Monday, May 25, 2015

2015 Hurricane Preparedness - Storm Surge

Hurricane Storm Surge
Second In the 2015 Series
2015 National Hurricane Preparedness Week

Storm Surge Hazard

We continue our coverage of the 2015 Hurricane Preparedness Week by looking at some of the hurricane hazards.  In particular, we'll start by examining the greatest potential for loss of life related to a hurricane, the storm surge.

Simply put, it is a dome of water that is pushed toward the shore by the force of the winds swirling around the storm.  The advancing water, combined with the normal tides, can increase the mean water level by 15 feet or more.  The threat is increased if it combines with high tide.  Along the Atlantic and Gulf coasts of the United States, the mean sea level is around 10 feet, so a storm surge above that level could cause catastrophic damage.

The Many Factors that Influence Storm Surge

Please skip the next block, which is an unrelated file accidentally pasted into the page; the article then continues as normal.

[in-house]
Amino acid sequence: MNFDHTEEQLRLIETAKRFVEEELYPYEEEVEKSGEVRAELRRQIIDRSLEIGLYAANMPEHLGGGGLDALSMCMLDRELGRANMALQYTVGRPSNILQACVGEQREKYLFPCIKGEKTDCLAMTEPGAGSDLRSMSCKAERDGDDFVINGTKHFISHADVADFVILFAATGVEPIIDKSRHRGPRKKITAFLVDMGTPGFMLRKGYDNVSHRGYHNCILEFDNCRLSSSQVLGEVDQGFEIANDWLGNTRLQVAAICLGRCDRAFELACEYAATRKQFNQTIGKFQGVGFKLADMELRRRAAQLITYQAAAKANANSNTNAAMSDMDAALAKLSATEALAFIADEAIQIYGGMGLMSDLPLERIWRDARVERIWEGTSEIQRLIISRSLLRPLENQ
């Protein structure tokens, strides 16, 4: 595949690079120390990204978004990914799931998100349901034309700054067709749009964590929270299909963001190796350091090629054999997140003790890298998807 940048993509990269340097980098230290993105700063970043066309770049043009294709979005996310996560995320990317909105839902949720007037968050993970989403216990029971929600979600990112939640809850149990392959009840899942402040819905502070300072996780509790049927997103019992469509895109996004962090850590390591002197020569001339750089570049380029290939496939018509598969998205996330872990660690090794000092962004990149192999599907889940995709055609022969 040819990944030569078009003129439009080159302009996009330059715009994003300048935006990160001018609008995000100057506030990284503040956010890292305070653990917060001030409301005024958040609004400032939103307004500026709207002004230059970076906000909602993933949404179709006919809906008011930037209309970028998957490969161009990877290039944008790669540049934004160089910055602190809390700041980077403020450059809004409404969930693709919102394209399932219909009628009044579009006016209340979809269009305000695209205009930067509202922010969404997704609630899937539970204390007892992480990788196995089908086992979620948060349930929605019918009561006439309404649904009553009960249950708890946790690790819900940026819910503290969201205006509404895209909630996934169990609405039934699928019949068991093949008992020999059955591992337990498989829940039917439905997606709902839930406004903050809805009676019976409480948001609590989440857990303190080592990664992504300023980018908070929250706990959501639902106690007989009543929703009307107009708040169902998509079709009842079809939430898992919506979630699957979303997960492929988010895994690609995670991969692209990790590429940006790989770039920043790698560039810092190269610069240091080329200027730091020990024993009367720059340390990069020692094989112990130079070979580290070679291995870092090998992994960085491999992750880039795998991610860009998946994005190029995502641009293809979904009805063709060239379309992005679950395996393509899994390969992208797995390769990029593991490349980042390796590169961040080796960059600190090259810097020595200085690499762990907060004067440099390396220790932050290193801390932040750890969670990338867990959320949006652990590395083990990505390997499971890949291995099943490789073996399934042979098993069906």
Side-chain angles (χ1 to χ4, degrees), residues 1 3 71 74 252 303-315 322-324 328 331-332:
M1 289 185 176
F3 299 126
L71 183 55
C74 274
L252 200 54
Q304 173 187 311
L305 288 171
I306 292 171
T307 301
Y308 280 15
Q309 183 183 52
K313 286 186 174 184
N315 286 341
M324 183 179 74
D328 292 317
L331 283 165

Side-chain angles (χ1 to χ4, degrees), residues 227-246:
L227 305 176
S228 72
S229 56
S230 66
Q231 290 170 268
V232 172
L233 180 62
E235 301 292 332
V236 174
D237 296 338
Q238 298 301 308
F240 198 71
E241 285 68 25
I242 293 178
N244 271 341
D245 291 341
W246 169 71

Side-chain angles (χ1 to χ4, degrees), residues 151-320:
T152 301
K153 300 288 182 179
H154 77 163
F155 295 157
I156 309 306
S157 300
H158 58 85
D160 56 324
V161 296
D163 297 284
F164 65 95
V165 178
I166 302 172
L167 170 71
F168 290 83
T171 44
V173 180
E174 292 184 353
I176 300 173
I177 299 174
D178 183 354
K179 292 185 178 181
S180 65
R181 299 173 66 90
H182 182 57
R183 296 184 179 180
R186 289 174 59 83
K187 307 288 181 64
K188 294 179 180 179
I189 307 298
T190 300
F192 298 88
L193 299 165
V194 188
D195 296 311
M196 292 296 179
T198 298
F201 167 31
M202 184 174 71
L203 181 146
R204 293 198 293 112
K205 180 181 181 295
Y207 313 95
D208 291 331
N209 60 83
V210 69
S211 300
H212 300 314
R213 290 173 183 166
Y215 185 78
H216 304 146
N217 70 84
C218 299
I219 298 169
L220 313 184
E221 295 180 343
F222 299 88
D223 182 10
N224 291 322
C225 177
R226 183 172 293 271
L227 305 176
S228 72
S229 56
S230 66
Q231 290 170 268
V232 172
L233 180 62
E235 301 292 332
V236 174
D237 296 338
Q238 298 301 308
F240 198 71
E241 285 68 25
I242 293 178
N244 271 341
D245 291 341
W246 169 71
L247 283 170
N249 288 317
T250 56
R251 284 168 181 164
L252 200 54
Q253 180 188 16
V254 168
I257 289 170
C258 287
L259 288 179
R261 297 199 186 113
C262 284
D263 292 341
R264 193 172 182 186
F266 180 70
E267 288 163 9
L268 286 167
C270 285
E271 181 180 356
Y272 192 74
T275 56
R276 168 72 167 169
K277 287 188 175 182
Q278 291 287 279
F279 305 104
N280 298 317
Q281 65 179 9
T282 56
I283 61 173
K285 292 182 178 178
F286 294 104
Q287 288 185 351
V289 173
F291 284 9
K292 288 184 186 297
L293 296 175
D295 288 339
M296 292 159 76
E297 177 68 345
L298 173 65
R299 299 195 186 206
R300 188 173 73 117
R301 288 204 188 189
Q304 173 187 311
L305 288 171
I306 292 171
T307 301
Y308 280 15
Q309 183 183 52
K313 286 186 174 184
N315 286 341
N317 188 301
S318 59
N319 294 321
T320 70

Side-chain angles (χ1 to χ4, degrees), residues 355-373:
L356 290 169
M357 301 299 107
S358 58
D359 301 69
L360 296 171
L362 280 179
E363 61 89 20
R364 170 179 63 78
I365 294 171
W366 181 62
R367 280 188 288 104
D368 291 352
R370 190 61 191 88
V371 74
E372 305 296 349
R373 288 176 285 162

• Central Pressure
  • Storm Intensity
  • Storm Forward Speed
  • Size
  • Angle of Approach to Coast
  • Shape of the Coastline
  • Width and Slope of Ocean Bottom
  • Local Features

Download INTRODUCTION TO STORM SURGE (PDF) for more background information about storm surges and consult the following links for animations and other useful information. Be sure to watch the PSA video below as well.  


Hurricane track forecasting continues to improve, but the the average track error 48 hours prior to landfall for the Atlantic basin is still considerable.  The 24-hour to 48-hour window is often critical for decision-making. It is important not to focus solely on one storm surge product within this window. Storm specific uncertainties are accounted for in the probabilistic storm surge (p-surge) product, while the *MOMs and *MEOWs provide a worst case storm surge estimate at a regional level.  More

For those in danger areas, it is wise to plan in advance of hurricane season.   Be sure you know areas that would be safe when a storm approaches.   You should be able to get to these safe zones quickly so that you don't risk being trapped by road congestion.

Hurricanes usually provide advance warning.  When local officials recommend evacuation, heed their warnings and put your plan into action.   Structures can be replaced, but lives cannot.

We'll continue our Hurricane Preparedness Week coverage by looking at additional hazards next.   Consult the NHC and other websites for additional information about storm surges.

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